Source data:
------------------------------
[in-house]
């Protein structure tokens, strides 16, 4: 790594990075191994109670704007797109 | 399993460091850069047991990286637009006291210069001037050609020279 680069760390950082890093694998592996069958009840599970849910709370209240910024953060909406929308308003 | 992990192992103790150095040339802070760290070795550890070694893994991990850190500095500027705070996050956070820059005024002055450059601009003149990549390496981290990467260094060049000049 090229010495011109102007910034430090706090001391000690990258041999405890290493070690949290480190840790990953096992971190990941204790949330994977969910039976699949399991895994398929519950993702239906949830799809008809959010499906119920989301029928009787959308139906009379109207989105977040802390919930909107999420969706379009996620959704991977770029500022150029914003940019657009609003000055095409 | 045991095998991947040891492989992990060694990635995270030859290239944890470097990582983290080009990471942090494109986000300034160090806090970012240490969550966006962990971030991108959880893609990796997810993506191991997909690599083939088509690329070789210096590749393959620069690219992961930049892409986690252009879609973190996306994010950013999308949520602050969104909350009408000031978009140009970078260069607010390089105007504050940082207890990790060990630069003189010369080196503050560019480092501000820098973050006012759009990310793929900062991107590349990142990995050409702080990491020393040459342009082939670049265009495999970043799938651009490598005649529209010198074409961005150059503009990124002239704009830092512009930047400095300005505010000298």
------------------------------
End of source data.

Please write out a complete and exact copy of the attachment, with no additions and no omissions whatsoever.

[in-house]
């Protein structure tokens, strides 16, 4: 790594990075191994109670704007797109 | 399993460091850069047991990286637009006291210069001037050609020279 680069760390950082890093694998592996069958009840599970849910709370209240910024953060909406929308308003 | 992990192992103790150095040339802070760290070795550890070694893994991990850190500095500027705070996050956070820059005024002055450059601009003149990549390496981290990467260094060049000049 090229010495011109102007910034430090706090001391000690990258041999405890290493070690949290480190840790990953096992971190990941204790949330994977969910039976699949399991895994398929519950993702239906949830799809008809959010499906119920989301029928009787959308139906009379109207989105977040802390919930909107999420969706379009996620959704991977770029500022150029914003940019657009609003000055095409 | 045991095998991947040891492989992990060694990635995270030859290239944890470097990582983290080009990471942090494109986000300034160090806090970012240490969550966006962990971030991108959880893609990796997810993506191991997909690599083939088509690329070789210096590749393959620069690219992961930049892409986690252009879609973190996306994010950013999308949520602050969104909350009408000031978009140009970078260069607010390089105007504050940082207890990790060990630069003189010369080196503050560019480092501000820098973050006012759009990310793929900062991107590349990142990995050409702080990491020393040459342009082939670049265009495999970043799938651009490598005649529209010198074409961005150059503009990124002239704009830092512009930047400095300005505010000298």